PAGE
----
The UK Government has an objective of reducing road deaths and serious injuries by 40 per cent (50 per cent for children) by the year 2010 (using the average for 1994-98 as the baseline). Key factors in achieving that objective are improved road user behaviour and acceptance of engineering and enforcement initiatives that increase road safety. Education and publicity play a key role in raising consumer awareness and acceptance.
Road safety publicity aims to:
It does this by:
The basic approach is national publicity using a mix of emotion and facts that raise the profile of road safety. The campaign utilises a range of media channels - TV, radio, press, posters, ambient etc. - to provide a national platform to stimulate complementary regional and local authority activity and to encourage private sector companies to cascade messages to their employees and customers. A range of free publicity material is made available to local authorities and others to promote consistency of messages at national and local level. The campaign has also entered into sports sponsorship with the Rugby Football League and the English Football League to enable to spread the messages across to a wider audience using a celebrity based approach.
Road Safety advertising has been a key priority for many years. In the past, advertising focussed on specific themes such as drink drive and Seat belts. In recent years it has communicated many more messages - such as fatigue and use of mobile phones. The campaign wanted people to see that these extra individual messages were part of an overall campaign to improve road safety. So in June 2000 a new campaign was launched under one banner - THINK! - to unite our various road safety messages.
Can you see the bike?
The rationale for THINK!
The aim of Government road safety campaigns is to reinforce the need for drivers and other road users to take responsibility for their own safety and for the safety of others on the road. In the wider context, the theme of personal and social responsibility is central to the Government's philosophy and to its transport policies to encourage more responsible travel choices.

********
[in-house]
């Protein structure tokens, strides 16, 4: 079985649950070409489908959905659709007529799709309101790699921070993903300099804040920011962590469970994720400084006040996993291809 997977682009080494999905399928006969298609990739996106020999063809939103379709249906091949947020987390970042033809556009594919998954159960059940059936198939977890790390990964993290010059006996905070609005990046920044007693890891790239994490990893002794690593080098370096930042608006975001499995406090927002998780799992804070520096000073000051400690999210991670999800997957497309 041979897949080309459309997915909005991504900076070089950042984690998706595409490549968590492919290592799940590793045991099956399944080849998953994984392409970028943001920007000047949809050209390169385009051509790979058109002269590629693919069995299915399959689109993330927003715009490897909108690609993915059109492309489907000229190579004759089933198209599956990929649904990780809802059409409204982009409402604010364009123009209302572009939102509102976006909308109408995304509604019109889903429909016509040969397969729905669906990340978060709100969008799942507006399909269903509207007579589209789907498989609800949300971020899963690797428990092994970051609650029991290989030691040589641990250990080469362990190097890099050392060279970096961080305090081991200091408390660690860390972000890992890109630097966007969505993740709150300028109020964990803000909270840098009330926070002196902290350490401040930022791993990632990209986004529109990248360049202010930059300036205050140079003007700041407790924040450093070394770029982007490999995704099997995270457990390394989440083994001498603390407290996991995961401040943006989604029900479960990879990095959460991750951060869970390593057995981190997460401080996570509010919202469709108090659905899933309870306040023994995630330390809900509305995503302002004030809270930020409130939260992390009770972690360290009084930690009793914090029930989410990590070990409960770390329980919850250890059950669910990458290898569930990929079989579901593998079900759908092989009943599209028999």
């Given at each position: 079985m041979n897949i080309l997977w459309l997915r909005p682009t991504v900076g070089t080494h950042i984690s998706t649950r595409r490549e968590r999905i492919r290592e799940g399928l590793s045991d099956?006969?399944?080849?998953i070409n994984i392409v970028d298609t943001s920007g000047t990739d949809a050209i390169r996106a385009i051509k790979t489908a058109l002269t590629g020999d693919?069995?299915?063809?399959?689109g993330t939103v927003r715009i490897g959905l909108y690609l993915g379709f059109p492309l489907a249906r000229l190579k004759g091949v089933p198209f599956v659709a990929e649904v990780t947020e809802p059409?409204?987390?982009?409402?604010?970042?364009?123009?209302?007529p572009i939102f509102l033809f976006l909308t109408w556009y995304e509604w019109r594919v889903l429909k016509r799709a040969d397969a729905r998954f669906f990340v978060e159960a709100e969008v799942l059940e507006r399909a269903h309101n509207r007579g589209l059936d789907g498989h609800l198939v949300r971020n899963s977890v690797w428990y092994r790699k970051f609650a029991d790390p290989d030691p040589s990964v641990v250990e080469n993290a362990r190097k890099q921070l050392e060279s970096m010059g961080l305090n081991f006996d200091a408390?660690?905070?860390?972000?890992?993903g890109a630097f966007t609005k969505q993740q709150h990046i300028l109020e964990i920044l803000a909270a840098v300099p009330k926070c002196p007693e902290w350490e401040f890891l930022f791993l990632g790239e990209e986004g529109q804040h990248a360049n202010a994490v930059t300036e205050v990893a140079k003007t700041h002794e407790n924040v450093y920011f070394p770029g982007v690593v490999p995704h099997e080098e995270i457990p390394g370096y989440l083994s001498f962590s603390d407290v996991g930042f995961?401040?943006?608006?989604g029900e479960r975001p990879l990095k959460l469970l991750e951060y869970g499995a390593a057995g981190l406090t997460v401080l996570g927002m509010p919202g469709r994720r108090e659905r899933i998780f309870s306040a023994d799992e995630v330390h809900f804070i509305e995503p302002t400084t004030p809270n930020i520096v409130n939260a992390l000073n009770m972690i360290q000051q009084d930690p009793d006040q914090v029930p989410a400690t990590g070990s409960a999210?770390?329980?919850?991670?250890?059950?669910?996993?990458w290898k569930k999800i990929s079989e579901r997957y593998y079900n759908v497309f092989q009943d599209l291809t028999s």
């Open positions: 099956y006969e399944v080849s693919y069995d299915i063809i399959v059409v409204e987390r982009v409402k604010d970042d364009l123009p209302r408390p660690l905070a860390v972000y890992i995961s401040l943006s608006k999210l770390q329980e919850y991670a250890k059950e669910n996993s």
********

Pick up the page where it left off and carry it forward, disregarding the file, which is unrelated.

The encouragement of more people to walk or cycle instead of driving makes the promotion of safety for more vulnerable road users and the responsible and considerate behaviour of drivers even more important.
Road safety publicity campaigns raise public awareness that accidents do not just happen, rather they are caused. Public awareness campaigns can help to influence the attitudes and behaviours that cause accidents. They also create public acceptance for safety engineering and police enforcement and they give national focus and context for local initiatives aimed at making the roads safer and for third parties to carry road safety messages in the context of their own commercial activities.
The THINK! campaign was therefore launched:
The THINK! campaign is not about the motorist as such, or the pedestrians, or cyclists, motor cyclists, etc. It is about people, about the citizen, about each and all of us. It is about how we all use our roads safely, whether we happen to be motoring, walking, cycling or whatever. This is mainly to build a mood of "we're all in it together" to have greater effect.
The expression "show me the child at seven and I'll show you the adult" neatly encapsulates our approach. We target people from childhood to adulthood, aiming to instil good practice at a very early age with frequent reminders for teenagers and adults.